An interesting fact was relayed to me in another question of mine that

If $M$ is any closed manifold with universal cover homeomorphic to $R^n$ for $n>1$ then $\pi_1(M)$ is freely indecomposable.

What are some other sufficient conditions for the free-indecomposability of a group? Are there any interesting necessary conditions?

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see Henry Wilton's answer to your other question about groups with infinitely many ends. – Ian Agol Mar 10 '11 at 4:43
As this question doesn't have one correct answer, it should probably be community wiki. – HJRW Mar 10 '11 at 5:00

There are some more-or-less equivalent conditions:

• Bass--Serre theory says that a group is freely indecomposable if and only if it acts on a tree with trivial edge stabilizers and no global fixed point.

• More deeply, Stallings' Ends Theorem asserts that a finitely generated group splits over a finite subgroup if and only if it has more than one end.

As these are equivalent (modulo finite=trivial), you might say that they're not very interesting. Truly interesting necessary conditions are rather hard to write down, since being freely indecomposable is, in a sense, generic.

Here's one, much stronger, sufficient condition:

If a group $\Gamma$ has a finite generating set $S$ such that every element of $S$ is torsion and every element of $S^2$ is torsion then $\Gamma$ doesn't split at all, let alone freely.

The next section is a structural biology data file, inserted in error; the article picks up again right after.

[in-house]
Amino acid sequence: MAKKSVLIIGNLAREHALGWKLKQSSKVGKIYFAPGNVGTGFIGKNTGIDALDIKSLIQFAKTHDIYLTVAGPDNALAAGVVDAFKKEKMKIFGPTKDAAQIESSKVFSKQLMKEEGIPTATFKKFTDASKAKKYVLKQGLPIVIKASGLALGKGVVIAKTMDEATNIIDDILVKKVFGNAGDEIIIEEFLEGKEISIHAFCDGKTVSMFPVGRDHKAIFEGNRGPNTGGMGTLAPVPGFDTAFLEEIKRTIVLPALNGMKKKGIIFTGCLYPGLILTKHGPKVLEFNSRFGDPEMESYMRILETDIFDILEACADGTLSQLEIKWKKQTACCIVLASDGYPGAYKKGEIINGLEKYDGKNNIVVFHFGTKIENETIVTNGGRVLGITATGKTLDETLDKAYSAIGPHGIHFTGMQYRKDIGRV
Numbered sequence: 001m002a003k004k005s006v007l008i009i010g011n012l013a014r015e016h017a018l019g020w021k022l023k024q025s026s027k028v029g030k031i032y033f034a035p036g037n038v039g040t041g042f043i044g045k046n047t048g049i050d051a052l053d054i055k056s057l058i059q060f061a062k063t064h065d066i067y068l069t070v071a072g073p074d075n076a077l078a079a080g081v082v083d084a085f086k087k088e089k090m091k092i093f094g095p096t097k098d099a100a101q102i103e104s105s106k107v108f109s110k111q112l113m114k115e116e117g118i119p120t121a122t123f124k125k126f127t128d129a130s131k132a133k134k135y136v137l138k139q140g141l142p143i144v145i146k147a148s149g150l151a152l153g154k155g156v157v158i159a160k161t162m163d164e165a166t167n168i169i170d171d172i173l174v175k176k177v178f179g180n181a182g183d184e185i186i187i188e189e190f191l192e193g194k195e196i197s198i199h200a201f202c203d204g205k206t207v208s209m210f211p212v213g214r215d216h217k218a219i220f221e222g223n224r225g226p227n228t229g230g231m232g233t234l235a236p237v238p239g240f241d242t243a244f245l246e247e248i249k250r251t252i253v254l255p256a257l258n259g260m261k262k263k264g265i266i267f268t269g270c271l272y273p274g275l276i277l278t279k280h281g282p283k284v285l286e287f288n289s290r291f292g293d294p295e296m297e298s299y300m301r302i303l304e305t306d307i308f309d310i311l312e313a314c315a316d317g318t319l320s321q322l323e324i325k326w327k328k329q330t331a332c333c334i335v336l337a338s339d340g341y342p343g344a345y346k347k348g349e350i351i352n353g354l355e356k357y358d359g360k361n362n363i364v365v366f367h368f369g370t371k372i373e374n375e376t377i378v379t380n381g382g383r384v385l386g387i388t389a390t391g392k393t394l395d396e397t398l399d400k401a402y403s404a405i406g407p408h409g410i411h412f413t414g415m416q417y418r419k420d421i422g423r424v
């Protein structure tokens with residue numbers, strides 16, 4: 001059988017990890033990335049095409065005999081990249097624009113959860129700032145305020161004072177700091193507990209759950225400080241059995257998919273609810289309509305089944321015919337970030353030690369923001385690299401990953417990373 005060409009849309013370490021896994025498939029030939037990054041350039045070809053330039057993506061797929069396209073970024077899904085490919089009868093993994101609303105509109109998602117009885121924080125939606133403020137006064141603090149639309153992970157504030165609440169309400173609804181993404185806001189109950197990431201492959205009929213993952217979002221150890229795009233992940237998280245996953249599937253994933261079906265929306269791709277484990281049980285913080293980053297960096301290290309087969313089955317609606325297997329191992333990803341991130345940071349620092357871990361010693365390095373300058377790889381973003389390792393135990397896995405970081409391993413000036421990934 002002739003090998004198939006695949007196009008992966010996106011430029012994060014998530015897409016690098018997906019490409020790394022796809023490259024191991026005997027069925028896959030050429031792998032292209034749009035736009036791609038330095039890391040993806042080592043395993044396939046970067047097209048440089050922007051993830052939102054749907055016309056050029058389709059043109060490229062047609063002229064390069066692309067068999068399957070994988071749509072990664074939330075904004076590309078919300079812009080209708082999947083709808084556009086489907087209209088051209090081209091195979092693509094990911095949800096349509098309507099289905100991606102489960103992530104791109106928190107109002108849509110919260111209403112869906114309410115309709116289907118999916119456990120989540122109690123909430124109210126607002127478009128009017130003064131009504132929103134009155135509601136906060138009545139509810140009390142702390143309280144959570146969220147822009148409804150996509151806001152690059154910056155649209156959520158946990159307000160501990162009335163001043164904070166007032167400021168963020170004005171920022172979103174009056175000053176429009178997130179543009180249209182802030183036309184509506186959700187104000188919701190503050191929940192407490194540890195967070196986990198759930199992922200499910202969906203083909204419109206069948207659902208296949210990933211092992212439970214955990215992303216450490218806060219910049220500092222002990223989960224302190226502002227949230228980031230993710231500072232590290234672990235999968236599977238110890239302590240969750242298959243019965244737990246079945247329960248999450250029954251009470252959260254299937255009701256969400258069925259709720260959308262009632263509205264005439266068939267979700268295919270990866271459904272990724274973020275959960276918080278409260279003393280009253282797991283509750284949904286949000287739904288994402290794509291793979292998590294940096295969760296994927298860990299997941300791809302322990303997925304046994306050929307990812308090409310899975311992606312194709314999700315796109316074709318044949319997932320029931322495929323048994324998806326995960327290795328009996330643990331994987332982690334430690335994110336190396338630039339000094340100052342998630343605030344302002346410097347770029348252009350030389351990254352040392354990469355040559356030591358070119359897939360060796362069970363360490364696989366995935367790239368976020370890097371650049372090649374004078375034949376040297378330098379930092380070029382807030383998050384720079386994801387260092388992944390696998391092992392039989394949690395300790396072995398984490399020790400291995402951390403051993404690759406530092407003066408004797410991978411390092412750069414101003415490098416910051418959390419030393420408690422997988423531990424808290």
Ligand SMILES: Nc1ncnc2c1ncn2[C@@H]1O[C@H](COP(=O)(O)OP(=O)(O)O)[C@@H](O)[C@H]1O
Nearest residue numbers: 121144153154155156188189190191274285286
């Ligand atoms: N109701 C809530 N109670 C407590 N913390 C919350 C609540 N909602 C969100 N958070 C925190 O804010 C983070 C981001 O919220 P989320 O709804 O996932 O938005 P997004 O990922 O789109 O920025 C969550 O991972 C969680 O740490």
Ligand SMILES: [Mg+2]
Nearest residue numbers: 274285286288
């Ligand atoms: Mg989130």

This is essentially a consequence of Helly's Theorem for trees.

Here's an outline of a proof. Suppose that $\Gamma$ acts on a tree $T$. We want to prove that $\Gamma$ fixes a point.

1. Prove that if $\gamma\in\Gamma$ has finite order then $\gamma$ fixes a point.
2. Prove that if the sets of fixed points of $\gamma,\delta\in\Gamma$ are disjoint then $\gamma\delta$ has infinite order. You can do this by constructing an isometric copy of $\mathbb{R}$ in $T$ that $\gamma\delta$ translates.
3. Prove Helly's Theorem for trees: if $\{T_i}$ is a finite set of pairwise-intersecting subtrees of $T$ then $\bigcap_i T_i\neq \varnothing$.
4. Conclude as follows. Because every $s\in S$ is torsion, each such $s$ has a fixed point. Because $st$ is torsion for $s,t\in S$, the sets of fixed points pairwise intersect. By Helly's Theorem, there is a point fixed by every $s\in S$, and hence by $\Gamma$.
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I apologize for the ignorance, but is that a variation/application of Helly's theorem on convex sets? Could you point me to a proof of the sufficient condition above? – JeremyKun Mar 11 '11 at 3:30
One proof is basically Example 6.3.1 in Serre's book Trees. Serre's proof is rather algebraic, but the proof I had in mind is more geometric. See the edit above. – HJRW Mar 11 '11 at 22:04